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Lpga

Ladies Professional Golf Association
Current season, competition or edition:
Current sports event 2015 LPGA Tour
Logo introduced in October 2007[1][2]
Sport Golf
Founded 1950
Commissioner Michael Whan
Inaugural season 1950
Country  United States, with events
in other countries in Asia, Australia, Europe, and North America
Most titles Kathy Whitworth (88)
TV partner(s) Golf Channel
Founder 13 original LPGA players [3]
Official website LPGA.com

The Ladies Professional Golf Association (LPGA) is an American organization for female professional Daytona Beach, Florida, and is best known for running the LPGA Tour, a series of weekly golf tournaments for elite female golfers from around the world.

Contents

  • Organization and history 1
  • Prize money and tournaments 2
  • International presence 3
  • LPGA Tour tournaments 4
    • LPGA Playoffs 4.1
  • 2015 LPGA Tour 5
  • 2015 money leaders 6
  • Historical tour schedules and results 7
  • Hall of Fame 8
  • LPGA Tour awards 9
  • Leading money winners by year 10
  • Leading career money winners 11
  • Total prize money awarded in past years 12
  • See also 13
  • References 14
  • External links 15

Organization and history

Other "LPGA's" exist in other countries, each with a geographical designation in its name, but the U.S. organization is the first, largest, and best known. The LPGA is also an organization for female club and teaching professionals. This is different from the PGA of America.

The LPGA also administers an annual qualifying school similar to that conducted by the PGA Tour. Depending on a golfer's finish in the final qualifying tournament, she may receive full or partial playing privileges on the LPGA Tour. In addition to the main LPGA Tour, the LPGA also owns and operates the Symetra Tour, formerly the Futures Tour, the official developmental tour of the LPGA. Top finishers at the end of each season on that tour receive playing privileges on the main LPGA Tour for the following year.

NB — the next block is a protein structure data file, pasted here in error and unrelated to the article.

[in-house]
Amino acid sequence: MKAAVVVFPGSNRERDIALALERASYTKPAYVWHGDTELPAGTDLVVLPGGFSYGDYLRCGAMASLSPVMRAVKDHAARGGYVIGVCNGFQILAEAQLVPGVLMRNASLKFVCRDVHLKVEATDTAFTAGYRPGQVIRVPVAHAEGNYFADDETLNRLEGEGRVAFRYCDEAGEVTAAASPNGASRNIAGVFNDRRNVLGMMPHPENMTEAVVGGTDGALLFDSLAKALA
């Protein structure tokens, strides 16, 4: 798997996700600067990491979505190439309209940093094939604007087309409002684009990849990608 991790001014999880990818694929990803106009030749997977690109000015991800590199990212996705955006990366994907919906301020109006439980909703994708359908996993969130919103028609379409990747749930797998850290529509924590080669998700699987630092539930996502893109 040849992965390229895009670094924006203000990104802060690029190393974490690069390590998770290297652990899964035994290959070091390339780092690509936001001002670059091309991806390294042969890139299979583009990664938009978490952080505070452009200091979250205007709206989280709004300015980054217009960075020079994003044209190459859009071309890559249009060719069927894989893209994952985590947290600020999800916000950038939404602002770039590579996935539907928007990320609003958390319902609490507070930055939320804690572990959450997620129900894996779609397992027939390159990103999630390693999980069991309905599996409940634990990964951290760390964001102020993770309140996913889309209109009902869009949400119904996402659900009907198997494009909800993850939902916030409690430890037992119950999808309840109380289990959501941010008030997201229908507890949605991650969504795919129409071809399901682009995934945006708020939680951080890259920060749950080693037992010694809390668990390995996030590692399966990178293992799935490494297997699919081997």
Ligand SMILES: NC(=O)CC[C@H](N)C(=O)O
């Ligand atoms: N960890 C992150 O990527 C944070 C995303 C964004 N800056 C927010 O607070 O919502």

In its 63rd season in

  • Official website
  • Facebook

External links

  1. ^
  2. ^
  3. ^ a b
  4. ^
  5. ^ a b
  6. ^
  7. ^
  8. ^
  9. ^ LPGA.com, LPGA Announces 2014 Schedule. November 22, 2013.
  10. ^ LPGA – South Korean women dominate women's golf in 2008
  11. ^
  12. ^
  13. ^
  14. ^
  15. ^ LPGA.com,[1]

References

See also

Season Total
purse ($)
2010 41,400,000
2000 38,500,000
1990 17,100,000
1980 5,150,000
1970 435,040
1960 186,700
1950 50,000

Total prize money awarded in past years

Rank Player Country Earned Earnings ($)
1 Annika Sörenstam  Sweden 1994–2008 22,573,192
2 Karrie Webb  Australia 1996–2015 19,586,588
3 Cristie Kerr  United States 1997–2015 16,710,337
4 Lorena Ochoa  Mexico 2003–2010 14,863,331
5 Juli Inkster  United States 1983–2015 13,835,826
6 Suzann Pettersen  Norway 2003–2015 13,327,830
7 Se Ri Pak  South Korea 1998–2015 12,563,660
8 Inbee Park  South Korea 2007–2015 12,147,966
9 Paula Creamer  United States 2005–2015 11,397,265
10 Na Yeon Choi  South Korea 2008–2015 10,279,222

The table below shows the top 10 career money leaders on the LPGA Tour (from the start of their rookie seasons) as of August 3, 2015.[15]

Leading career money winners

1 The five players with who won three titles in 1988 were Juli Inkster, Rosie Jones, Betsy King, Nancy Lopez, and Ayako Okamoto.

Year Player Country Earnings ($) Most wins
2014 Stacy Lewis  United States 2,539,039 3 – Lydia Ko, Stacy Lewis, Inbee Park
2013 Inbee Park  South Korea 2,456,619 6 – Inbee Park
2012 Inbee Park  South Korea 2,287,080 4 – Stacy Lewis
2011 Yani Tseng  Taiwan 2,921,713 7 – Yani Tseng
2010 Na Yeon Choi  South Korea 1,871,166 5 – Ai Miyazato
2009 Jiyai Shin  South Korea 1,807,334 3 – Jiyai Shin, Lorena Ochoa
2008 Lorena Ochoa  Mexico 2,754,660 7 – Lorena Ochoa
2007 Lorena Ochoa  Mexico 4,364,994 8 – Lorena Ochoa
2006 Lorena Ochoa  Mexico 2,592,872 6 – Lorena Ochoa
2005 Annika Sörenstam  Sweden 2,588,240 10 – Annika Sörenstam
2004 Annika Sörenstam  Sweden 2,544,707 8 – Annika Sörenstam
2003 Annika Sörenstam  Sweden 2,029,506 6 – Annika Sörenstam
2002 Annika Sörenstam  Sweden 2,863,904 11 – Annika Sörenstam
2001 Annika Sörenstam  Sweden 2,105,868 8 – Annika Sörenstam
2000 Karrie Webb  Australia 1,876,853 7 – Karrie Webb
1999 Karrie Webb  Australia 1,591,959 6 – Karrie Webb
1998 Annika Sörenstam  Sweden 1,092,748 4 – Annika Sörenstam, Se Ri Pak
1997 Annika Sörenstam  Sweden 1,236,789 6 – Annika Sörenstam
1996 Karrie Webb  Australia 1,002,000 4 – Laura Davies, Dottie Pepper, Karrie Webb
1995 Annika Sörenstam  Sweden 666,533 3 – Annika Sörenstam
1994 Laura Davies  England 687,201 4 – Beth Daniel
1993 Betsy King  United States 595,992 3 – Brandie Burton